Expanding your horizons

My friend Phil Endecott has just released a rather interesting iPhone app: Panoramascope.

It can identify the various peaks visible from your current location, which, if you start to think carefully about what that involves, is actually quite clever. And, if you take a photo with your phone, you can overlay the app’s view on your photo.

If, like me, you live in a place where peaks are things you dream of going to see on holiday, it can have more prosaic uses, like telling you where nearby pubs or tourist attractions can be found. You can also save locations, so you can look fondly back at the view you had last summer from the top of the Matterhorn.

Start by loading some overlay sets – in my case, European placenames, peaks, and pubs – and then you can search for a location, which is generally much easier than entering latitude and longitude. Here’s part of the view from Coniston Old Man:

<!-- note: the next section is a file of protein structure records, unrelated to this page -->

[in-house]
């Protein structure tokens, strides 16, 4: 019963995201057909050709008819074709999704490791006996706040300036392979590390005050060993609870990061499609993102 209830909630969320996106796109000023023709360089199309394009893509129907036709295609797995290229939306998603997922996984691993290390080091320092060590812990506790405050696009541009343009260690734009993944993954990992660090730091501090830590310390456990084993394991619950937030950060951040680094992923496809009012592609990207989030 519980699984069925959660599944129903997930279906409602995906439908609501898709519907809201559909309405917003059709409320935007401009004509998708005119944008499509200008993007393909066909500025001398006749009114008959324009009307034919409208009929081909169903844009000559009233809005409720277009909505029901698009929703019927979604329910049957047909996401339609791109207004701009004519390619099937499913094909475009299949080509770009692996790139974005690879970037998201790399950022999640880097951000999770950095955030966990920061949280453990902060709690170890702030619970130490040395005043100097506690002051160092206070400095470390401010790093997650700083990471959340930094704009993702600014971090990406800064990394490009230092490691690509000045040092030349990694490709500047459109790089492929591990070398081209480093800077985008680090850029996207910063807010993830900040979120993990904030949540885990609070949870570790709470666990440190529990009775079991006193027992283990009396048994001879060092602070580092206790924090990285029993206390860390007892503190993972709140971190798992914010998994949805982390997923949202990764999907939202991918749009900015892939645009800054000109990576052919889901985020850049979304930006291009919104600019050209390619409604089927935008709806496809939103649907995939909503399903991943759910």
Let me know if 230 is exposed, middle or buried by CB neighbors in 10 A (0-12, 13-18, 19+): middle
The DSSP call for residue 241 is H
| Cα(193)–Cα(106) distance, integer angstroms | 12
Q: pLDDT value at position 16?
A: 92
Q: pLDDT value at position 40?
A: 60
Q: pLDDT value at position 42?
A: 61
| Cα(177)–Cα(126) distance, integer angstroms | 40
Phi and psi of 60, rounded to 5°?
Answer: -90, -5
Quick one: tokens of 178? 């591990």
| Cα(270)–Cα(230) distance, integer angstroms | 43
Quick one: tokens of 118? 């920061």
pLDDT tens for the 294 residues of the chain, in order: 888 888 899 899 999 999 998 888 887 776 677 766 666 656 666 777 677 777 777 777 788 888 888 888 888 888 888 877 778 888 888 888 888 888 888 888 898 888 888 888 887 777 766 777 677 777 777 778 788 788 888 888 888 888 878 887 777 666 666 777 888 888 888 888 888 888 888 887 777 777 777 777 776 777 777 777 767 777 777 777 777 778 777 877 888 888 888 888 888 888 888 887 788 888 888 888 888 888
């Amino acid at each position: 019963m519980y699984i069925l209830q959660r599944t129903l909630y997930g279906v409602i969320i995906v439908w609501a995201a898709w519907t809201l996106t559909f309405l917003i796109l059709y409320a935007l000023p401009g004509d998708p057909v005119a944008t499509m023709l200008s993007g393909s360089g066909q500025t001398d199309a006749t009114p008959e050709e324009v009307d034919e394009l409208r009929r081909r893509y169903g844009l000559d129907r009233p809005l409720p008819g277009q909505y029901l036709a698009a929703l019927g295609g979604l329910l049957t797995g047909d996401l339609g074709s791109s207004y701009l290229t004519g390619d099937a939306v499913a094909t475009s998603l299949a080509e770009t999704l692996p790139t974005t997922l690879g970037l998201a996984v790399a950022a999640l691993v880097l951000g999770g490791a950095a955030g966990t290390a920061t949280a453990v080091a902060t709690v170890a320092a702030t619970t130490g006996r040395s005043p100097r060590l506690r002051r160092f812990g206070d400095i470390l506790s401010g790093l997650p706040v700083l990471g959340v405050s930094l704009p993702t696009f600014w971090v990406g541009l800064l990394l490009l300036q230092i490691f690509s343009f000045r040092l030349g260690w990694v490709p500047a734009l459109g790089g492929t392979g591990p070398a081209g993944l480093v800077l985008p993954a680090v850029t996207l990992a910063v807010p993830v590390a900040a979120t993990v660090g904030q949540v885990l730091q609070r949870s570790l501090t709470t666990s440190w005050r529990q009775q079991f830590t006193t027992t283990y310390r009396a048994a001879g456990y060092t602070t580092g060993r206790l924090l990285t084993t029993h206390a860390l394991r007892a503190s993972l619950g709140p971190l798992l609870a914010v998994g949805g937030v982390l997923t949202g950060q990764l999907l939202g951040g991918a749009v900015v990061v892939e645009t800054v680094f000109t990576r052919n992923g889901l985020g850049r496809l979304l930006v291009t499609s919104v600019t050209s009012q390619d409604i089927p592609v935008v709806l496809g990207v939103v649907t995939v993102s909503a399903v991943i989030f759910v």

This will work on an iPod Touch, but you really want an iPhone for the GPS and camera facilities.

Available from The iTunes store, of course, but there’s a lot more information available at Panoramascope.com.

Update: Ha! If the thought of viewing all those glorious peaks makes you feel exhausted, and you’re more interested in the pub-finding options, Phil also has something just for you!

Enjoyed this post? Why not sign up to receive Status-Q in your inbox?

Got Something To Say:

Your email address will not be published. Required fields are marked *

To create code blocks or other preformatted text, indent by four spaces:

    This will be displayed in a monospaced font. The first four 
    spaces will be stripped off, but all other whitespace
    will be preserved.
    Markdown is turned off in code blocks:
     [This is not a link](http://example.com)

To create not a block, but an inline code span, use backticks:

Here is some inline `code`.

For more help see http://daringfireball.net/projects/markdown/syntax


© Copyright Quentin Stafford-Fraser